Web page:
Ex­tend­ing Que­bec's win­ter tire law

Montreal Times - - Front Page - By Bon­nie Wurst mtl­times.ca

Given the blast of a Nor'easter that hit us with bliz­zard like con­di­tions on March 14/15th, it's a good time to ask your­self this ques­tion if you haven't al­ready should the date when it is legally al­lowed for driv­ers to re­move win­ter tires from our ve­hi­cles be changed to a later one?

Bar­ring any other po­ten­tial storms, in­clud­ing freez­ing rain and ice pel­lets, which has a high enough po­ten­tial to oc­cur be­tween the writ­ing of this ar­ti­cle and when it is pub­lished, it is enough to make one won­der about how many more ac­ci­dents and in­juries might have tran­spired should that storm have ar­rived just a day or two later af­ter March 15th, when Que­bec driv­ers can legally switch their tires back to sum­mer treads.

The So­ciété de l'as­sur­ance au­to­mo­bile du Québec (SAAQ) states that win­ter tires are manda­tory from De­cem­ber 15th to March 15th (in­clu­sive) for all pas­sen­ger ve­hi­cles reg­is­tered in Québec, as well as taxis. It also ap­plies to rental pas­sen­ger ve­hi­cles as well as mopeds, mo­tor­ized scoot­ers and mo­tor­cy­cles. If your ve­hi­cle is not equipped with win­ter tires dur­ing that time you could face fines from $200 to $300 - plus costs.

The law which came into ef­fect in 2008 makes com­mon sense be­cause with­out it, hu­mans of­ten don't use their own.Win­ter tires are not only manda­tory for driv­ers in or­der to have bet­ter con­trol of their cars on snow, the tires also pro­vide bet­ter trac­tion when tem­per­a­tures start drop­ping. The rub­ber com­pound of win­ter tires is de­signed to have the flex­i­bil­ity needed for a bet­ter grip on the road sur­face in tem­per­a­tures as low as -40C. Since the im­ple­men­ta­tion of the law, win­ter col­li­sions have fallen by at least 17%.

Ac­cord­ing to the SAAQ web­site, 'as soon as the tem­per­a­ture drops be­low 7°C, or when there is ice or snow on the road, the rub­ber com­pound of sum­mer and all-sea­son tires hard­ens and loses its grip. Since we can gen­er­ally ex­pect such weather con­di­tions be­fore De­cem­ber 15, it is highly rec­om­mended that you equip your ve­hi­cle with win­ter tires be­fore then'.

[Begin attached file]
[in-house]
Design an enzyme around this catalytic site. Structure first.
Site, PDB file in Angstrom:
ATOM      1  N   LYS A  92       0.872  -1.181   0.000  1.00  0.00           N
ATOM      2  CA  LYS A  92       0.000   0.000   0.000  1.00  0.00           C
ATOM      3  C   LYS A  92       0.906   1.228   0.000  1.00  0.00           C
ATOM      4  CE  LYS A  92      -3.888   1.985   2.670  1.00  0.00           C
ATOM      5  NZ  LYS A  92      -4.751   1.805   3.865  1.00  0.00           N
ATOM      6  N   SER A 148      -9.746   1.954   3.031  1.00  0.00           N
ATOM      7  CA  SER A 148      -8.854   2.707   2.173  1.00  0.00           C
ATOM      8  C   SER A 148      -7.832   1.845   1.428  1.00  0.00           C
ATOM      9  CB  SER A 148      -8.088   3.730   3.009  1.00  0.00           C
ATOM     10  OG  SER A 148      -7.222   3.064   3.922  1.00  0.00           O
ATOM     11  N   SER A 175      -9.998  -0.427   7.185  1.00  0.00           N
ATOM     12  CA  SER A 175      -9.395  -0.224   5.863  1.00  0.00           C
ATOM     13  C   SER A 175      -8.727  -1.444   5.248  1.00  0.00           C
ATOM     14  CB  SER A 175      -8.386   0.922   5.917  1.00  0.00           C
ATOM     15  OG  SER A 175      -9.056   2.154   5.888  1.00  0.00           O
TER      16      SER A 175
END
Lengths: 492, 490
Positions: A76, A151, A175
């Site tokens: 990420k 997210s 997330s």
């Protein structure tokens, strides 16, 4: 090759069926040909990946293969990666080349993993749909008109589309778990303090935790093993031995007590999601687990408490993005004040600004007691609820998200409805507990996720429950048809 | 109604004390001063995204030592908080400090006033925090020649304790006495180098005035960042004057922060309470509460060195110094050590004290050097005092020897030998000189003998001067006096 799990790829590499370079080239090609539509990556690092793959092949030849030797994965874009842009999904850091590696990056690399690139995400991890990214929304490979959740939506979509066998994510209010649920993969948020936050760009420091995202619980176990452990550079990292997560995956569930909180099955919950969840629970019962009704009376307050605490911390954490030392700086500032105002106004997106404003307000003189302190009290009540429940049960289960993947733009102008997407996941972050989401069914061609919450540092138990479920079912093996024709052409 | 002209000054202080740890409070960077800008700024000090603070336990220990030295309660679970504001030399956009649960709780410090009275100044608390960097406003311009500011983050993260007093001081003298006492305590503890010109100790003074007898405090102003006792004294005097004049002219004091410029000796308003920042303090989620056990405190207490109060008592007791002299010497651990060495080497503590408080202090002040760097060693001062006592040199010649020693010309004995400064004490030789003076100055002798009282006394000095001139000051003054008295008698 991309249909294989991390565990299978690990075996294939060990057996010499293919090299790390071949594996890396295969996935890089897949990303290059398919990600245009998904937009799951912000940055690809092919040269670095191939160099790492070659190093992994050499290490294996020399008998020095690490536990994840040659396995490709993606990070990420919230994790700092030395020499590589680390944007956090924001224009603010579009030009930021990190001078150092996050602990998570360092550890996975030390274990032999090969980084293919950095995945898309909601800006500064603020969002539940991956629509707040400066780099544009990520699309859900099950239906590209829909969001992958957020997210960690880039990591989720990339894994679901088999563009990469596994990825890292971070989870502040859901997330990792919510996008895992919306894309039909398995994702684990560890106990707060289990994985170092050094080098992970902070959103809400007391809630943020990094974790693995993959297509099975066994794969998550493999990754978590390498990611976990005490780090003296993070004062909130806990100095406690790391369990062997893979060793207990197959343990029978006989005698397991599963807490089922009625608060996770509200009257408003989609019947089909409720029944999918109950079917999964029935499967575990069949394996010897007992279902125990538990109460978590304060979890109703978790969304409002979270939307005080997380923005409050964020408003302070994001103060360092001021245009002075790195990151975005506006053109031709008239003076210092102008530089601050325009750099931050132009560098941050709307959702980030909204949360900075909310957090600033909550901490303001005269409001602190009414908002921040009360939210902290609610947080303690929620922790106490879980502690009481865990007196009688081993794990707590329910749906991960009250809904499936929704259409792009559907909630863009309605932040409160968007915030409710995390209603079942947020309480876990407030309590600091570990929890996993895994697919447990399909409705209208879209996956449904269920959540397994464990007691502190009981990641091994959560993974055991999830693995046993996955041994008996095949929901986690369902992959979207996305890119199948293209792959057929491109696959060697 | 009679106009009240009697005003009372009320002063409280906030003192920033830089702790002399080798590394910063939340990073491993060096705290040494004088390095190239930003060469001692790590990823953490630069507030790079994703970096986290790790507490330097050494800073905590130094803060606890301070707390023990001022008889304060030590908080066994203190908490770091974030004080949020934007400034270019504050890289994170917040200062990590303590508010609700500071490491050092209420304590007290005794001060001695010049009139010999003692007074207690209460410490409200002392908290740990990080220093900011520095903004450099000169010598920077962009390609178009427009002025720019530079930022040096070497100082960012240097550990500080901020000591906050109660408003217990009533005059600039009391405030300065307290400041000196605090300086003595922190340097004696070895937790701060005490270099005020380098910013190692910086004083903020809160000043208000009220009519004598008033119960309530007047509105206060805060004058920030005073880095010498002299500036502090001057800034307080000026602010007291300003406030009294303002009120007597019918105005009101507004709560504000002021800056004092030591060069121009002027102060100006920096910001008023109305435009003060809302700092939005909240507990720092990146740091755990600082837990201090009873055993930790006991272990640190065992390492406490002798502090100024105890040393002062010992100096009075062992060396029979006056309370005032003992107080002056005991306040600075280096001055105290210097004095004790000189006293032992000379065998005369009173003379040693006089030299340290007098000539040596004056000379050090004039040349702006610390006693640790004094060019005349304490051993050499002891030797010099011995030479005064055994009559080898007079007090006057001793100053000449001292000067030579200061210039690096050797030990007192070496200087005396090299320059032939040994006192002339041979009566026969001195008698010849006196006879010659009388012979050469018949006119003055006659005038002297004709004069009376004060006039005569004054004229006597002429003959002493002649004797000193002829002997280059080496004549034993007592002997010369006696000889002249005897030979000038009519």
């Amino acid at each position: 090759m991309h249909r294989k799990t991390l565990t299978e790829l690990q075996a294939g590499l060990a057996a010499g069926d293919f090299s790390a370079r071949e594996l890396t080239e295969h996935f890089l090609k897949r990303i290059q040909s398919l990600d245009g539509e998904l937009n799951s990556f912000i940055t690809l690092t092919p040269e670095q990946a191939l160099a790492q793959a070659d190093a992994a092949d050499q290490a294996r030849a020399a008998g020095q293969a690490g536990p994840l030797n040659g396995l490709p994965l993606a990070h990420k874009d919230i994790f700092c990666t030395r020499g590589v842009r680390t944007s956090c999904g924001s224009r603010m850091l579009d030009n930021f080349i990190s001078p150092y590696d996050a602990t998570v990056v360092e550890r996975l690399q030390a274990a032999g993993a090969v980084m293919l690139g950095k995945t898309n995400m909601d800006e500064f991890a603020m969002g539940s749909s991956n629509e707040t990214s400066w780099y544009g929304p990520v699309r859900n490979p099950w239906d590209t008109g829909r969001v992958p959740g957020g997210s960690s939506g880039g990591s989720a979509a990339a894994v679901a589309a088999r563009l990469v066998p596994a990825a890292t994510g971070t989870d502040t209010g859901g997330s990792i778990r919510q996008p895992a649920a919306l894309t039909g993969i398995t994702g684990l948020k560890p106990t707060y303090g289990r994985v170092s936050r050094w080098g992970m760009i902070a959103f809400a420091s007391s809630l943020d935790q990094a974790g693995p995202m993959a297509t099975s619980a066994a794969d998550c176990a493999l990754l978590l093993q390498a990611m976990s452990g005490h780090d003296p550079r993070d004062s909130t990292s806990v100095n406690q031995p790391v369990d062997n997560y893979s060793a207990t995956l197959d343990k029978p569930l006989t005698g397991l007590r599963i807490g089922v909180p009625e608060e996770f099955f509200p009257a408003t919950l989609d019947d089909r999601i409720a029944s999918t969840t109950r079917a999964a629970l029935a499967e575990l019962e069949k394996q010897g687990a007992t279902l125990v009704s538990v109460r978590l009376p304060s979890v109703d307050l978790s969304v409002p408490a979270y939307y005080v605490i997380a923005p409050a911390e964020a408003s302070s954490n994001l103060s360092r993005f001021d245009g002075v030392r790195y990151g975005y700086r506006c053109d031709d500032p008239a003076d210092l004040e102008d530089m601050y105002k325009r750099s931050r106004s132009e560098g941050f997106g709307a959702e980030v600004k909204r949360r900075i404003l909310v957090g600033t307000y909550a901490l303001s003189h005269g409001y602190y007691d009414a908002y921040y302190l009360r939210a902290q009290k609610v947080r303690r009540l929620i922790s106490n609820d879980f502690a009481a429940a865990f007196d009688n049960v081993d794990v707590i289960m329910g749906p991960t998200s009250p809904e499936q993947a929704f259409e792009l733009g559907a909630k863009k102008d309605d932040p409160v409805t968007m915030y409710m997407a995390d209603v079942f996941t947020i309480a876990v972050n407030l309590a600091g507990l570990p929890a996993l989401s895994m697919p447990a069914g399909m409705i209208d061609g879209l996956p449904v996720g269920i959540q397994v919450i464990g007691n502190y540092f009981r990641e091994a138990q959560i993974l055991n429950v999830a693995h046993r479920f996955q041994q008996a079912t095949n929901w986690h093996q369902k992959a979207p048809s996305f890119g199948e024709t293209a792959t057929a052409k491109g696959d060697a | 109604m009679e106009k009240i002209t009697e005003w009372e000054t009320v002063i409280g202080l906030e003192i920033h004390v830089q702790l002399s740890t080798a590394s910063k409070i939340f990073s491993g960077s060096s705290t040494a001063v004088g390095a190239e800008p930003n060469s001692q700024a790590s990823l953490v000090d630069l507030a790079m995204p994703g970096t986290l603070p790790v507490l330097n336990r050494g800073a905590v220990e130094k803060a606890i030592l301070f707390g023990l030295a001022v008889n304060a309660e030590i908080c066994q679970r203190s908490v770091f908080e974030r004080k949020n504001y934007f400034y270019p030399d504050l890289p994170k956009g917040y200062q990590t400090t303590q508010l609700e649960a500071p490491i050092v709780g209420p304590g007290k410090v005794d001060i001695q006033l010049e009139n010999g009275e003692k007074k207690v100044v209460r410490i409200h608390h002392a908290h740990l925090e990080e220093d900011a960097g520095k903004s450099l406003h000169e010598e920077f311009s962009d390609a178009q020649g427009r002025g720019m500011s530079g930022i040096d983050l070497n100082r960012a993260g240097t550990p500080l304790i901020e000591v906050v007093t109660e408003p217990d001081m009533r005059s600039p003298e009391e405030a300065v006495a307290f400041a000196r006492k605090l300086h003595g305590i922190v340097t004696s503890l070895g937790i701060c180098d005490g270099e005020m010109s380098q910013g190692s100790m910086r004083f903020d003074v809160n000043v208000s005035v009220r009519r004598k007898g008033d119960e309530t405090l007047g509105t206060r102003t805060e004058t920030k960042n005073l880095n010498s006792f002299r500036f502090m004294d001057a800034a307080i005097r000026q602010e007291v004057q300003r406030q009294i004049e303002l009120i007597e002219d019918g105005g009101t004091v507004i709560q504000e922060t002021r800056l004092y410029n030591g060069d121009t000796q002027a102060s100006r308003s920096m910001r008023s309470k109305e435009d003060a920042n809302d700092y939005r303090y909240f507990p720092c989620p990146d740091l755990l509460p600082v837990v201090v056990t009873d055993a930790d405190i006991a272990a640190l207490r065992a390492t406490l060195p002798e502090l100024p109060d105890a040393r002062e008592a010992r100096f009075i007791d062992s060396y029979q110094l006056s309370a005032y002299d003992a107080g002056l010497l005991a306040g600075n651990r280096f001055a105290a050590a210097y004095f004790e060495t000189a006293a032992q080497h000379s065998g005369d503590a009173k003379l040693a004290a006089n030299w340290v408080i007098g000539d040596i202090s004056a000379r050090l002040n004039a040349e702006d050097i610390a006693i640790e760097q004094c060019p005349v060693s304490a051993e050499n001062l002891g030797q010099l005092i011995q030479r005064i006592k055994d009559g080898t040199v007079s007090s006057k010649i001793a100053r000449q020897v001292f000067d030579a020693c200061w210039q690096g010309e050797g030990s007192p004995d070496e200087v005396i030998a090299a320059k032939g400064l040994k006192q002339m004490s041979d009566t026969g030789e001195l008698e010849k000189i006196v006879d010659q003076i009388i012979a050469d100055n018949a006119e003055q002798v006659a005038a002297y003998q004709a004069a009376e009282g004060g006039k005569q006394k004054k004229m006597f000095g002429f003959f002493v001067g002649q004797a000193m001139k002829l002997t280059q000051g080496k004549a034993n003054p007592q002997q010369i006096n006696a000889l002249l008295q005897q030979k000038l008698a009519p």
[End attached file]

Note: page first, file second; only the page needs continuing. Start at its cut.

There is only one other prov­ince in Canada hav­ing manda­tory tire laws and that is Bri­tish Columbia - al­though it does not in­clude all ar­eas, like the city of Van­cou­ver which usu­ally has a very mild, rainy win­ter and lit­tle need for win­ter tires. But as of 2014 a law stip­u­lates that be­tween Oc­to­ber 1st and March 31st 'win­ter tires must be used on pas­sen­ger ve­hi­cles and com­mer­cial trucks must carry tire chains - on select moun­tain­ous re­gions'. And there are plenty of moun­tain re­gions in BC. Mon­treal's Mont-Royal is but a large snow­ball com­pared to our west coast friend's moun­tains - but the steep, wind­ing road up and over it could be chal­leng­ing in any ad­verse weather con­di­tions.

In Al­berta, snow tires or chains are re­quired by law dur­ing the pe­riod be­tween Novem­ber 1st to March 31st for those who ven­ture into the Rocky Moun­tain parks, but many still switch to win­ter tires on their own ac­cord, oth­er­wise most driv­ers use four-sea­son tires all year round. All the other prov­inces in Canada only rec­om­mend in­stalling win­ter tires when the tem­per­a­ture dips be­low 7C. In Man­i­toba, the RCMP has the ju­ris­dic­tion to close high­ways and roads dur­ing dan­ger­ous win­ter driv­ing con­di­tions - and if a driver gets caught on a closed road, they can ex­pect a hefty fine.

Clos­ing high­ways un­der ex­treme cir­cum­stances like the March 14th storm or the one too many ice storms we ex­pe­ri­ence might be a good idea. It's not just a lack of com­mon sense when driv­ers take to the roads in ad­verse con­di­tions, as many peo­ple can't af­ford to lose a day of work and are forced to slip, slide and dig their way into their work­places. The sys­tem our so­ci­ety built has no pro­vi­sions for the clear and po­ten­tial dan­gers this causes, never mind the angst.

Mon­treal driv­ers have their own unique tech­niques, with many who think they can con­trol their cars the way Rocket Richard con­trolled a puck on ice. March 20th is the day when the spring sea­son of­fi­cially ar­rives - but win­ter of­ten has its last laugh. A few spring-like days in early March has lulled us into a false sense of se­cu­rity many times. The storm on March 14th this year hit us with a snow fall of close to 40cm, cre­at­ing havoc all over the is­land and be­yond - and let's not for­get last April when close to 10cm fell on the city overnight, catch­ing many peo­ple off guard. The Sûreté du Québec re­ported a num­ber of cars skid­ding off the high­ways in and around Mon­treal be­fore it soon melted.

Late sea­son snow­storms are far from rare, in­clud­ing: March 14th 1961 with close to 25cm, March 4th 1971 when 47cm fell in bliz­zard-like con­di­tions, April 2nd 1985 there was 14cm and on March 22nd 2001 over 50cm fell.

Our manda­tory win­ter tire law is a great ini­tia­tive, and some prov­inces are care­fully watch­ing the re­sults. Per­haps we should con­tinue to lead the way by hav­ing it make more sense - by ex­tend­ing the date for the tire switch to at least to the end of March. It won’t re­ally cost us any­thing if we do, but it might costs us lives if we don't.

Do you feel Que­bec's manda­tory win­ter tire law should be ex­tended be­yond the March 15th date to March 31st - or in light of the above, even later? And what about the De­cem­ber 15th dead­line to in­stall them - should that be ear­lier?

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